The financial agreement between the Ghana Football Association (GFA), and Puma, kits sponsor of the country’s teams, has been reviewed downwards, according to report filed by Joy Sports.
The report say the agreement has been cut by about 30%. Persons with knowledge on the development say the decision by the German kit manufacturer to review the agreement was necessitated by the negativity that surrounded Ghana following the premiere of the ‘Number 12’ investigative documentary on corruption and match-fixing in June 2018.
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Per Joy Sports’ understanding of the deal agreed between the Ghana FA and Puma, there were three benefits of the contract:
• To supply or provide kits up to a €500,000 per year and a financial contribution of €800,000 per year under the last contract.
• There were other benefits at major competitions like Africa Cup of Nations (AFCON) where at every stage, there was a benefit of about €100,000 to €200,000 or more, depending on the stage the team reached.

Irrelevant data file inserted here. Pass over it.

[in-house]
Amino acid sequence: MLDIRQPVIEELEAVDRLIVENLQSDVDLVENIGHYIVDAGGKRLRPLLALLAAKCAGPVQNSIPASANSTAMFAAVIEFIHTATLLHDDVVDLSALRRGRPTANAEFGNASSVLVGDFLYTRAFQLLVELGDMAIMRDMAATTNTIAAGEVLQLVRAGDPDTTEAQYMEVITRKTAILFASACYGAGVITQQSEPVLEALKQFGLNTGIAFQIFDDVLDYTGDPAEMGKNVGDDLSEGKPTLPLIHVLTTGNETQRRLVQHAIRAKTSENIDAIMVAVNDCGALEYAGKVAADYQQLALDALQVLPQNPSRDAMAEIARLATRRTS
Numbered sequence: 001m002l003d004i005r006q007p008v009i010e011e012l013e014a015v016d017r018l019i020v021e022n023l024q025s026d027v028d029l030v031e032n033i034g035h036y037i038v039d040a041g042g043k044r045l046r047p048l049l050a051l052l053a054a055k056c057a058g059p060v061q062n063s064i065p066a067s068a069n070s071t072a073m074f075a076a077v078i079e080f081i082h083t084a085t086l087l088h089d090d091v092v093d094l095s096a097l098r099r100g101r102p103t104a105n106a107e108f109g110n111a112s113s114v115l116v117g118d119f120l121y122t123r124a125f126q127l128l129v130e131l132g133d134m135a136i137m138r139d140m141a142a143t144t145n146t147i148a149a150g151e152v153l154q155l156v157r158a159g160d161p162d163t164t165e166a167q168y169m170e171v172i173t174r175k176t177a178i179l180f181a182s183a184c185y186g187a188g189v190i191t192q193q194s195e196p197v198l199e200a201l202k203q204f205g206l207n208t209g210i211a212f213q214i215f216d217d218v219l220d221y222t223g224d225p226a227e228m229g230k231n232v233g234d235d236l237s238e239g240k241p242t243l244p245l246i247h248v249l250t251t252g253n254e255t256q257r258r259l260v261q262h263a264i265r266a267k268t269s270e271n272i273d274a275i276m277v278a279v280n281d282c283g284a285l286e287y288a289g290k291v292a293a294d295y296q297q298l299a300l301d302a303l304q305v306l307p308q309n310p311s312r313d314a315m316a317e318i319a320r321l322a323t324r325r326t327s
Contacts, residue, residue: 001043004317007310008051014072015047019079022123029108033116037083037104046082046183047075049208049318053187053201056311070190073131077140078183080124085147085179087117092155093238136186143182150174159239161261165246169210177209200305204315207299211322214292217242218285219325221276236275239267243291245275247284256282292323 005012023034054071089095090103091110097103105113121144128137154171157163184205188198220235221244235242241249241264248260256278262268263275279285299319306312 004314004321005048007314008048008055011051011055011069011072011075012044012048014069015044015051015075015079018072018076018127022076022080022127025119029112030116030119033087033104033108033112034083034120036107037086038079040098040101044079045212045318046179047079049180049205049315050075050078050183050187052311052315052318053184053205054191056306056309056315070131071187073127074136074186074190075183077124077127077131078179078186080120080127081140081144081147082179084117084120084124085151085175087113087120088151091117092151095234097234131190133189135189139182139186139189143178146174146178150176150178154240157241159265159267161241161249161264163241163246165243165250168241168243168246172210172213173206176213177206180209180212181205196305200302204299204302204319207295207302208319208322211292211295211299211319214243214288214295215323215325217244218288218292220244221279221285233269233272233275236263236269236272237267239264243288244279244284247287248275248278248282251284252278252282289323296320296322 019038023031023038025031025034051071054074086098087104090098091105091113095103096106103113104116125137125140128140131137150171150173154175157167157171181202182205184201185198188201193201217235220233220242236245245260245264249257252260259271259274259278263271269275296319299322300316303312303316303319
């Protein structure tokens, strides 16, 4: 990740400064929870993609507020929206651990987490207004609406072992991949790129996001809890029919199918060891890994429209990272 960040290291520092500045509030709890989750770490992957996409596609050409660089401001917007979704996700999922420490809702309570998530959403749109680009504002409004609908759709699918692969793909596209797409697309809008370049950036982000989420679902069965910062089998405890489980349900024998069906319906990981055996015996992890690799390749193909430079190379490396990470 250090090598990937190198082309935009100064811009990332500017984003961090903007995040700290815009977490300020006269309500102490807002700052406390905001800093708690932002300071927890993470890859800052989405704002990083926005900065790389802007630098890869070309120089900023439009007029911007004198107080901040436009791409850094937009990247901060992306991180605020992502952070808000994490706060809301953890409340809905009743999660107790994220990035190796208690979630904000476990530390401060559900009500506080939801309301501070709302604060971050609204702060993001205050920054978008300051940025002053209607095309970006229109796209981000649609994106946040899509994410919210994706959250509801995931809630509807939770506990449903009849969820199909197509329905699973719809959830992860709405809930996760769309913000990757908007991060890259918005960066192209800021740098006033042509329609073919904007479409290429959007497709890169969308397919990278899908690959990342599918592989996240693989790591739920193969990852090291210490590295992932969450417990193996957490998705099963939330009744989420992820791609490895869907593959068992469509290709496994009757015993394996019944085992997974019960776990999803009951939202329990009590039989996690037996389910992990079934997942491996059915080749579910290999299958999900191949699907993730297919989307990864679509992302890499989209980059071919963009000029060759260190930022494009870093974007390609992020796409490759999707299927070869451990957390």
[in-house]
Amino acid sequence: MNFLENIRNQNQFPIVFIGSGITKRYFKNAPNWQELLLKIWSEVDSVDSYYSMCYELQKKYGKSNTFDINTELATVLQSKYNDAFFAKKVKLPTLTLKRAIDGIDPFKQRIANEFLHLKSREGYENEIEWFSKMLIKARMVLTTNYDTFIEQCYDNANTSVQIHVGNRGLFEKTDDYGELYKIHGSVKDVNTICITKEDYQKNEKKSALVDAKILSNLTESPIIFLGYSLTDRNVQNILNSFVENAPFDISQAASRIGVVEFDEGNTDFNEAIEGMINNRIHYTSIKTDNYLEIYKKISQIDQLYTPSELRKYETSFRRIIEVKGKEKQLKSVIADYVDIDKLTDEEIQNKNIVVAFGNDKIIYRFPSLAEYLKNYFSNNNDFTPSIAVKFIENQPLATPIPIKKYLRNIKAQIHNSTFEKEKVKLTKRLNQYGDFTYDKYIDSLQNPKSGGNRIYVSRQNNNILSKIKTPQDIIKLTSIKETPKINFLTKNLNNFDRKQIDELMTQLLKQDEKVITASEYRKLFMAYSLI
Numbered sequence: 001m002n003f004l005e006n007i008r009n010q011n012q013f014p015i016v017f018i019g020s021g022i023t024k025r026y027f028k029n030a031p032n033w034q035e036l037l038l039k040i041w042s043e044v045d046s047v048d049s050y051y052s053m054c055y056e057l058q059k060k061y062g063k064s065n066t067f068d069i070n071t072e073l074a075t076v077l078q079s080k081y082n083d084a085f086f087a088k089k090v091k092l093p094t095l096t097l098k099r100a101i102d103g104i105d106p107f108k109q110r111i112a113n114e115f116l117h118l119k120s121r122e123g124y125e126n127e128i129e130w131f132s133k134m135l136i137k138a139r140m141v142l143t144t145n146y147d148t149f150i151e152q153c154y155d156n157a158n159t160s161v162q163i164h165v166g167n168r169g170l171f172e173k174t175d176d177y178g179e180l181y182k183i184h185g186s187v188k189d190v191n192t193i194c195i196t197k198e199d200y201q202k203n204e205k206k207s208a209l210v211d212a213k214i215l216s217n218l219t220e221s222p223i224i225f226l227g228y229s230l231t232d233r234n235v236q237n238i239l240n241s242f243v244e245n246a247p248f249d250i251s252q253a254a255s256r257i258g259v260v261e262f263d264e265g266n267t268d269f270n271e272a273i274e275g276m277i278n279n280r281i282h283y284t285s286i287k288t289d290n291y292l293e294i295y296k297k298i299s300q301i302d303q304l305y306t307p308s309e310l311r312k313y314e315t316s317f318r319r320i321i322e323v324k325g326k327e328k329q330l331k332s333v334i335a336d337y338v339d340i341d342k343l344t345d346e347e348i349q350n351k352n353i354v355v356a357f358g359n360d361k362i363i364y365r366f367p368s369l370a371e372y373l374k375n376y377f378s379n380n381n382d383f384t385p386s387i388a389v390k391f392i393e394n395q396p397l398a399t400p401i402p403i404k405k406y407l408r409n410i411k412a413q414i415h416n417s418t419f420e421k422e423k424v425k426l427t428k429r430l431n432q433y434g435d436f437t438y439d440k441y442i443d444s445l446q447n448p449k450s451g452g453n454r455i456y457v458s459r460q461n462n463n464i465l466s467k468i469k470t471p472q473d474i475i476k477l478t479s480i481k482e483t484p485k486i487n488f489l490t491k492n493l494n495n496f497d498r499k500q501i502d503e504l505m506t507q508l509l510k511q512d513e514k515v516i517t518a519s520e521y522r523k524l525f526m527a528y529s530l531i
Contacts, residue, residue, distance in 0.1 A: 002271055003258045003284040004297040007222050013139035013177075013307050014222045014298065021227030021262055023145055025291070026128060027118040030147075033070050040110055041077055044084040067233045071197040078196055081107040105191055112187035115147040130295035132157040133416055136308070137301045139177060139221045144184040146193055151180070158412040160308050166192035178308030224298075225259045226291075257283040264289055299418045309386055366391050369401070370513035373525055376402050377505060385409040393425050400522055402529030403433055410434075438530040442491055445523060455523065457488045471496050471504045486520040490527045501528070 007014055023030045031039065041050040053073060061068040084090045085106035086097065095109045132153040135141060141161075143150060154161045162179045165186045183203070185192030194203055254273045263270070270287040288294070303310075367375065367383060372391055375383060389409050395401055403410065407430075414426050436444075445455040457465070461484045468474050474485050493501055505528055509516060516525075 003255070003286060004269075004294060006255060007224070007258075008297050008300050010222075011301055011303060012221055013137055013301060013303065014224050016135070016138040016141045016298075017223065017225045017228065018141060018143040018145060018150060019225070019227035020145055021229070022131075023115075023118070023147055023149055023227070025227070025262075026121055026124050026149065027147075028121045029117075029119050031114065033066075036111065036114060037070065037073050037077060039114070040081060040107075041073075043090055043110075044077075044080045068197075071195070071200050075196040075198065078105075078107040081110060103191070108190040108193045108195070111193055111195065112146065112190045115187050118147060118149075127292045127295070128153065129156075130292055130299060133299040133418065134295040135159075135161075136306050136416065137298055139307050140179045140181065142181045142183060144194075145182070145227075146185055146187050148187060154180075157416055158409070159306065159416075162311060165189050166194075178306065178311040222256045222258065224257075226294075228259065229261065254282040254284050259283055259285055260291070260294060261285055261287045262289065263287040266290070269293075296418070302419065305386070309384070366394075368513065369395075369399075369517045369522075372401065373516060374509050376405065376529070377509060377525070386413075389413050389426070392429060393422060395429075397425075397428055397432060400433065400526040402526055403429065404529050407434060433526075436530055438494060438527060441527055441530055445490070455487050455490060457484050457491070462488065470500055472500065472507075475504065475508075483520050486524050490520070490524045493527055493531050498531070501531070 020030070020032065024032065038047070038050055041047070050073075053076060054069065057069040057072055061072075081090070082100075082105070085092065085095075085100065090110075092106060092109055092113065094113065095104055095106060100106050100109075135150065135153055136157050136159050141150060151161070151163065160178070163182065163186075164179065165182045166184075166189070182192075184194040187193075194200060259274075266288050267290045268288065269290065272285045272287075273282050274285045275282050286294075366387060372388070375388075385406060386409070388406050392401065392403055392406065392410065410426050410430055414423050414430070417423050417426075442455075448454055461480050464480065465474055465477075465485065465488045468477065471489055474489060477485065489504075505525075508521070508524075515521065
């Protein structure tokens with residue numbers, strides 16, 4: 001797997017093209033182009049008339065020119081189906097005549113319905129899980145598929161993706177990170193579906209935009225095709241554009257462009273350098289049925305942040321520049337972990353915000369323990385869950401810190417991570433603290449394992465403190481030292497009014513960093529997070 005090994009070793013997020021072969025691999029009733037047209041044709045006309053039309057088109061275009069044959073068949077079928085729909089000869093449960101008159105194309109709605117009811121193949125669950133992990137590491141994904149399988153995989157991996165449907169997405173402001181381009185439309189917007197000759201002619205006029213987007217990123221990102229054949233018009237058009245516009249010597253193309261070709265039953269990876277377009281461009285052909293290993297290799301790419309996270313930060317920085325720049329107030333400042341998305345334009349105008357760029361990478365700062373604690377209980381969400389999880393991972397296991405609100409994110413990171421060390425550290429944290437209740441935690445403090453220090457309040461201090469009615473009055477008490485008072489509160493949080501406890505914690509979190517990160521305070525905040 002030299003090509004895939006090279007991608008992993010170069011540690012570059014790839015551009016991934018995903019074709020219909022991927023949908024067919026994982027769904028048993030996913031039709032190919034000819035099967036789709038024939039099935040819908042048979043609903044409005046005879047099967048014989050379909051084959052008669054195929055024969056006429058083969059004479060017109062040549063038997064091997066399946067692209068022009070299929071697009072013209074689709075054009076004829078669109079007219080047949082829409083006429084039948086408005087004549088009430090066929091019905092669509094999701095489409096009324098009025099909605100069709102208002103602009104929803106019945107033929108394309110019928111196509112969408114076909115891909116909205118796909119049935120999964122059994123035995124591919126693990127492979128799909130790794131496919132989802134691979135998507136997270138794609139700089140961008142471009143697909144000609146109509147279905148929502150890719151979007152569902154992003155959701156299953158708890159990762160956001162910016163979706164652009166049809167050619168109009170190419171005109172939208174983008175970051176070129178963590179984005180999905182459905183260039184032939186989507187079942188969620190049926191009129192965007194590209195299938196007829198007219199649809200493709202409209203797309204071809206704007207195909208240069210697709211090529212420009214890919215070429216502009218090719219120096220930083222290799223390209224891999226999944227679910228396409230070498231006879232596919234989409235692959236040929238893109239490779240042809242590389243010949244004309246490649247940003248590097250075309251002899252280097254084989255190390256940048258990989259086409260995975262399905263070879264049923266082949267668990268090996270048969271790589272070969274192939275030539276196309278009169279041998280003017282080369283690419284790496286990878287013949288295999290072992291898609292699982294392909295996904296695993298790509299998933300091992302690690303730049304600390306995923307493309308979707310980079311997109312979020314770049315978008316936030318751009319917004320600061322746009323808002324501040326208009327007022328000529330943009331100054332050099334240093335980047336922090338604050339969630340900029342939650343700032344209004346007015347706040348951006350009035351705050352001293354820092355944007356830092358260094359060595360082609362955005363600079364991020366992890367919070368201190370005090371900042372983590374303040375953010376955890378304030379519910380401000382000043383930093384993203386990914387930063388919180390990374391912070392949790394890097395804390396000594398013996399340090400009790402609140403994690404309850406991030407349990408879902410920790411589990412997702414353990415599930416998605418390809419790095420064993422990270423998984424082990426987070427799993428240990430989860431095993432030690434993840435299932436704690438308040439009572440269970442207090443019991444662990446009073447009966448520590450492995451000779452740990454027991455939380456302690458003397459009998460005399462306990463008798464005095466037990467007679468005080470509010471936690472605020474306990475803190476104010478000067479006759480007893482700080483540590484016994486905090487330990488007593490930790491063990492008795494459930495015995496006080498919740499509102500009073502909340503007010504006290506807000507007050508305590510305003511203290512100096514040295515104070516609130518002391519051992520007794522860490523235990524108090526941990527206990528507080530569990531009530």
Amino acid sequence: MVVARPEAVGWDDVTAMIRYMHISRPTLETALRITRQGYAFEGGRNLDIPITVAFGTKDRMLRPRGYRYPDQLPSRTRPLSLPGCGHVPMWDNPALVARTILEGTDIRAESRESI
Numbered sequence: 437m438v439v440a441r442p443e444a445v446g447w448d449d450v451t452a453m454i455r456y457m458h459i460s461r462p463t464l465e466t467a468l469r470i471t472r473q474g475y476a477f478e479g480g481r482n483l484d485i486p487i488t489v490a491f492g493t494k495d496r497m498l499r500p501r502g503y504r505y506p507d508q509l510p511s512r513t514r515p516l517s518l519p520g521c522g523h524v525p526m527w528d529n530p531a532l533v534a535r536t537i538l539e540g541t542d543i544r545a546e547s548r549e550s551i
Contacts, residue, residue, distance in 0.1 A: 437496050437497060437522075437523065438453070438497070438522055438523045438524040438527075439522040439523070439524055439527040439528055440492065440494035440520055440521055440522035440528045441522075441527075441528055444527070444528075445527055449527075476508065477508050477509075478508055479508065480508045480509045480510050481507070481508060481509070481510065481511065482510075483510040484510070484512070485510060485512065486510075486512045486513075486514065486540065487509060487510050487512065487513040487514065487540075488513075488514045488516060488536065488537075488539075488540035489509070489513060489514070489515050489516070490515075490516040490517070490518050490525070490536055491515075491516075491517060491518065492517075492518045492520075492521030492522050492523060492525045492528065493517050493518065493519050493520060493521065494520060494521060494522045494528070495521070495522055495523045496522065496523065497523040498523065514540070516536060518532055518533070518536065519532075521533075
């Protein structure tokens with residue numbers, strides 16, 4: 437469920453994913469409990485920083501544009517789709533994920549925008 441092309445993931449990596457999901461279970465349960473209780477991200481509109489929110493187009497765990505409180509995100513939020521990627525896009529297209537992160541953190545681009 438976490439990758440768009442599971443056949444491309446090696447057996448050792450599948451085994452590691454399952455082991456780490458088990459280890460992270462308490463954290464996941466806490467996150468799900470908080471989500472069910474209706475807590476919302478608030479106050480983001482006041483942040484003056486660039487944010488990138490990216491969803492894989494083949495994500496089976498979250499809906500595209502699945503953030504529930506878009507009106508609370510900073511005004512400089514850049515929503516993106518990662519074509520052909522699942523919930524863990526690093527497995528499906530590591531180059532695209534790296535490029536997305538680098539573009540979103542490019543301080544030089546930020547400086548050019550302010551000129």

• If Puma spent €500,000 to produce kits when sold, Ghana FA earned about 8% from the sales.
This agreement expired in August 2018 because Puma contracts with the GFA were scheduled to expire in August of World Cup years, sources said.
It would be recalled that the Normalisation Committee (NC) renewed the contract, but Joy Sports understands Puma was not convinced to keep to same terms.
Executive Council member, Nana Oduro Sarfo, speaking to Joy Sports, would not confirm the percentage reduction, but corroborates the change in figures.
“We have renewed our partnership with Puma. During the era of the [Normalisation Committee], it was renewed with the same duration of four years as it was [previously],” Oduro Sarfo said.
“The figures have changed a little because of the exposé, because of sales, because of popularity, but we [the new FA administration] have been there to speak to them and we will see how we can come back to that level [we used to be].”
A GFA delegation, headed by President Kurt Okraku, met the kit sponsors in January and made proposals for assistance on youth and infrastructural development.